Articles

 SOUTH CAROLINA IRENE BOWLS

 

Several hundred years before the Europeans seized the land that was destined to become the Southeast in the United States, a grouping of the regional native people developed a cultural entity which most likely had a name in their language but today no one knows that dialect or the societal name.  The designation that is used today is the title that was later given to the waterway beside which these people built their supposed original village - Swift Creek.  And after the collapse of the Swift Creek Society, the natives living closer to the Atlantic Coast developed a successor that was given the Germanic name “Irene”.  Sometime in this AD 1350-1550 time period, in the region that would become the great Palmetto State, one or more pottery artisans produced these rare and beautiful South Carolina Irene bowls.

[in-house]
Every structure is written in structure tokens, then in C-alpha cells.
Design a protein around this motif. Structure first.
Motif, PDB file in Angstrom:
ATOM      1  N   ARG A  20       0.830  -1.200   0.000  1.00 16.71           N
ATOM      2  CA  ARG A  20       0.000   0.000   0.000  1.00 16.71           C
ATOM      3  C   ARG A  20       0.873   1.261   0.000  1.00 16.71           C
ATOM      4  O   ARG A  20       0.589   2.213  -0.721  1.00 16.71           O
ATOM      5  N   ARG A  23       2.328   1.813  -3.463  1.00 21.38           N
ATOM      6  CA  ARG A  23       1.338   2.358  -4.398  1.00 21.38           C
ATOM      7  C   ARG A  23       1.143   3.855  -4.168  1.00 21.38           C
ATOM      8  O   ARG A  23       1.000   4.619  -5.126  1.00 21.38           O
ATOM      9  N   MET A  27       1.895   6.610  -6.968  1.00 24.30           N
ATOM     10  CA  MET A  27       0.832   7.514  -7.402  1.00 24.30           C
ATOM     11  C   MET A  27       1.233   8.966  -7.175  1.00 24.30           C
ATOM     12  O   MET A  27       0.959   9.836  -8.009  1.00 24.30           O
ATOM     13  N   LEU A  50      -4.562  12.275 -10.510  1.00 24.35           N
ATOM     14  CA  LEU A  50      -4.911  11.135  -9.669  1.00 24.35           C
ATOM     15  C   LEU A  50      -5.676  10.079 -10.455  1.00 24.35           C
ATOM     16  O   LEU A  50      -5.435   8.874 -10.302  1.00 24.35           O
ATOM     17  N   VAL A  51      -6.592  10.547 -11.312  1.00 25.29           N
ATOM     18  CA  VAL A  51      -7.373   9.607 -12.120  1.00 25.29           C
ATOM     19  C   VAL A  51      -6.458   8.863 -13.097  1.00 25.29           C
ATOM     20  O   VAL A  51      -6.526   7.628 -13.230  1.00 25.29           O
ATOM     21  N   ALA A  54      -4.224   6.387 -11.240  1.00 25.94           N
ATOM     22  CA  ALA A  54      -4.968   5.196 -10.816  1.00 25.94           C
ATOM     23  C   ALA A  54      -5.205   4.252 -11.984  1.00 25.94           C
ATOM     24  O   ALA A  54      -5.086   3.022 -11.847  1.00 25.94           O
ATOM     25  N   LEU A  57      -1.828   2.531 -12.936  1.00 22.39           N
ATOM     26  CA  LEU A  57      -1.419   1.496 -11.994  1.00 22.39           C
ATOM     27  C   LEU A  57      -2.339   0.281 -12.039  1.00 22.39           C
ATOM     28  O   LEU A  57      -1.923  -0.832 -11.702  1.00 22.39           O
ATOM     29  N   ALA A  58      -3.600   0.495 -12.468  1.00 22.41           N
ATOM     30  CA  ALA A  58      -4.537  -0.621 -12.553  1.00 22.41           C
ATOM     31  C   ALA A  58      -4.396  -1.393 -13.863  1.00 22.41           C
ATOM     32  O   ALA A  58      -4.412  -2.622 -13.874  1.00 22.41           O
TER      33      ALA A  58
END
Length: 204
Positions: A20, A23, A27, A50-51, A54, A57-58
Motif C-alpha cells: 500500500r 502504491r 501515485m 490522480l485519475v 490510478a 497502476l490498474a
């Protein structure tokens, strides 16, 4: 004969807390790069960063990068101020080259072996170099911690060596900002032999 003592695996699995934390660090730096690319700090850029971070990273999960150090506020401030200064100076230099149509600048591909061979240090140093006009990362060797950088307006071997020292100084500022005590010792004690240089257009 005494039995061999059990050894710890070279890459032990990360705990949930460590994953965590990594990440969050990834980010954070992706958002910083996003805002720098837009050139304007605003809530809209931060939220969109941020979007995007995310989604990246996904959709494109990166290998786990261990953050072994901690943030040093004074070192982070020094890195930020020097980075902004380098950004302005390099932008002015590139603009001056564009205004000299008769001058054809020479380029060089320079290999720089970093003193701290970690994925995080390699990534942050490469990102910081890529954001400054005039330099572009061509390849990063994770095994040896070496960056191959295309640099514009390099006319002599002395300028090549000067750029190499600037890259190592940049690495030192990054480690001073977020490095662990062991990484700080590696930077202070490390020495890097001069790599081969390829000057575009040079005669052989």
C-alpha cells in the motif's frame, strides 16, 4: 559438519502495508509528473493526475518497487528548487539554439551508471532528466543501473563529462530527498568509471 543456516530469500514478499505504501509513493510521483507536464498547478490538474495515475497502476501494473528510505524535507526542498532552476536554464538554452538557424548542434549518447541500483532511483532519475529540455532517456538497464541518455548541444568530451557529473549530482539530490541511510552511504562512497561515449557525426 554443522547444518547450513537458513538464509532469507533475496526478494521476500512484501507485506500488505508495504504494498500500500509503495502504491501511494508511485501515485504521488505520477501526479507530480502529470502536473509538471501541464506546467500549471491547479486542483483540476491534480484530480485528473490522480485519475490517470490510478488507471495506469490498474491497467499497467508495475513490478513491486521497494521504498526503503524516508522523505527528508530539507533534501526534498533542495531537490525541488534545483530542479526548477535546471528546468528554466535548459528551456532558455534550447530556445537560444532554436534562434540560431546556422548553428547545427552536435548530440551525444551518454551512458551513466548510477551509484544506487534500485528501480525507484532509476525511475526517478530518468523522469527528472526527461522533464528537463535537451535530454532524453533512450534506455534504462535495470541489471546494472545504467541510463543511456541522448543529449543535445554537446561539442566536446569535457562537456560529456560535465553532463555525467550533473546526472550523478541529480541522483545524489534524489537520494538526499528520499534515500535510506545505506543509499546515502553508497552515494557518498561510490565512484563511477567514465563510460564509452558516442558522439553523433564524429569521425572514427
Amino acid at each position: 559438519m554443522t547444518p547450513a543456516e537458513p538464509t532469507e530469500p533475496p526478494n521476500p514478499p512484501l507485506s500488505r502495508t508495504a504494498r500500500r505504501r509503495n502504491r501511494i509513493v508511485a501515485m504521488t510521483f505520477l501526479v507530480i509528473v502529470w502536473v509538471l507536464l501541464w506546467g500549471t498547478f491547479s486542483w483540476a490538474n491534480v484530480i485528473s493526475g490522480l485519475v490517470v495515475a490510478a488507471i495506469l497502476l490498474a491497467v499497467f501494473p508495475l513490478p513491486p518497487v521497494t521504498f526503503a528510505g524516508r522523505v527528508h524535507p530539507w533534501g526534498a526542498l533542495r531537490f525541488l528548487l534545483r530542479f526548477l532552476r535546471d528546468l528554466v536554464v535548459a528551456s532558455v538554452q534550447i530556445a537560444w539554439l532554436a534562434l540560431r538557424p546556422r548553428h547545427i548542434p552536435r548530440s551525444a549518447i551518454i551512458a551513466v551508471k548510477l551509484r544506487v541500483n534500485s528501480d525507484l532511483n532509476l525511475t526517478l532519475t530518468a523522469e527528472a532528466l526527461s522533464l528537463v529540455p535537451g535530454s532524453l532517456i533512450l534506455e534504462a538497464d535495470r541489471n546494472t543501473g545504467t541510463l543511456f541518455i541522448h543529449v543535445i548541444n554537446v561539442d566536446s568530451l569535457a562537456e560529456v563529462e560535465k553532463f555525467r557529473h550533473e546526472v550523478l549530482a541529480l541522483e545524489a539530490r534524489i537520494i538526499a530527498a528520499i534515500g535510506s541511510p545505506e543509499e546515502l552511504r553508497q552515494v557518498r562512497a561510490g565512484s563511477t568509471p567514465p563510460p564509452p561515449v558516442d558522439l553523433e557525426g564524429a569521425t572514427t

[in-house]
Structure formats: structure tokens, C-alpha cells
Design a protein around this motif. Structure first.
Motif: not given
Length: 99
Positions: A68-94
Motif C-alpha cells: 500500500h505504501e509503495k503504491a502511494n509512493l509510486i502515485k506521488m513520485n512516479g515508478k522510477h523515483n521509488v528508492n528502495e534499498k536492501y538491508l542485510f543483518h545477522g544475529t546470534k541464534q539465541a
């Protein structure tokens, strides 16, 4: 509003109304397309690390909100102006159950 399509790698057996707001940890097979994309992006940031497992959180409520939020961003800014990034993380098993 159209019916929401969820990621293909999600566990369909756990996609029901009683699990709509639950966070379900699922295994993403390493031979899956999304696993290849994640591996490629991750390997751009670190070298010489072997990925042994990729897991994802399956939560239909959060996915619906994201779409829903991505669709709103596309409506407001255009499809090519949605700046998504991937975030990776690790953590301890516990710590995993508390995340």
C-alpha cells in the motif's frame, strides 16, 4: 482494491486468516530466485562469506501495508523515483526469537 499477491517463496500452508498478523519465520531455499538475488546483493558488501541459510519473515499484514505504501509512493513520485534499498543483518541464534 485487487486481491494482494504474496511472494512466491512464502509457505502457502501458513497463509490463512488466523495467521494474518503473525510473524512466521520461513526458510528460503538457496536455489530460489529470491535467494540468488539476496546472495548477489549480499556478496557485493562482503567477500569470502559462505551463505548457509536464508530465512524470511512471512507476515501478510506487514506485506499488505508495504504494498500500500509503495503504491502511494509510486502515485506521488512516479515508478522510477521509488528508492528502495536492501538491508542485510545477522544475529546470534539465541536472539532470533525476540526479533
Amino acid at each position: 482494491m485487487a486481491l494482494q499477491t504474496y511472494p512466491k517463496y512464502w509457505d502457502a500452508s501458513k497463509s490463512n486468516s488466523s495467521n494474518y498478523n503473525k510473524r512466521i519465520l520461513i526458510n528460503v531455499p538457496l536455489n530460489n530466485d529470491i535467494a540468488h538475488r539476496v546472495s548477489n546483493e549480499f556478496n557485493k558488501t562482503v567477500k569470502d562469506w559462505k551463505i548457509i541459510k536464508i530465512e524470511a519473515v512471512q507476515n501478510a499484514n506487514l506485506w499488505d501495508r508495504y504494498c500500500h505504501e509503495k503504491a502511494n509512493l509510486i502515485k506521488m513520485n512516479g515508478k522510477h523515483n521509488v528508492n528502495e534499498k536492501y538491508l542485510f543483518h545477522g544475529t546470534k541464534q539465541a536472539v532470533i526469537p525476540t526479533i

The Swift Creek Culture, named for the Swift Creek Mound in modern Bibb County, Georgia, was unique in that it began around AD 100 and was not a sedentary population of natives.  They indeed had village sites and mounds but it is believed that they lived by constantly moving to fish and hunt and to gather naturally growing nuts and berries and roots.  They did produce pottery - beautiful complicated stamped pottery which means that they used a wooden paddle which was carved with a pattern and the paddle was used to slap the damp clay of the exterior of the finished pottery vessel so as to transfer this pattern to the vessel.  Today it is not known just from whence the Swift Creek aboriginals came but we do know that their descendants eventually evolved into the prominent Historic Period Muscogee (Creek) Indian Nation.  The Swift Creek inhabitants lived throughout much of the region that is now Florida, Georgia, Alabama, Tennessee and South Carolina until around AD 600 at which time many, especially south and east of the fall line, seemed to have abandoned and burned their villages and moved away for some completely strange and unknown reasons.  But during the 500 or so years that they lived in their Southeast towns, they were a major force in the province.  They were contemporaries with the well-known Hopewell Culture of the mid-west and both civilizations were apparently trading partners with each other.  But the Swift Creek Culture did not really die in AD 600 because it produced many off-springs, none of which were as large or as grandiose as their parent but they lived on for about another thousand years until the diseases and wars of the Europeans finally decimated them.  These Swift Creek successors have been given such territorial names as Pisgah, Mulberry, Little Egypt, Pee Dee, Burke, Town Creek and Irene and they built their towns throughout the southeastern region and became more agrarian and completely village life oriented.  The Irene Culture was named for the Irene Mound Site located at the juncture of the Savannah River and Pipe Maker’s Creek near Savannah, Georgia.  It was excavated by the WPA between 1937 and 1939 and is mostly a coastal manifestation of the late Swift Creek or Lamar Culture.  The Irene Mound, itself, was named by German Moravian missionaries in 1736 for the ship called Irene that had brought them to this country to minister to the Indians.  The Irene heritage dates from around AD 1300 to AD 1550 depending on just where a given Irene village site was located – the furthest north seems to be the latest.  The heart area of this cultural entity is evidently near the mouth of the Savannah River where it empties into the Atlantic Ocean and the further away from that area one moves, the fewer Irene village locations have been found.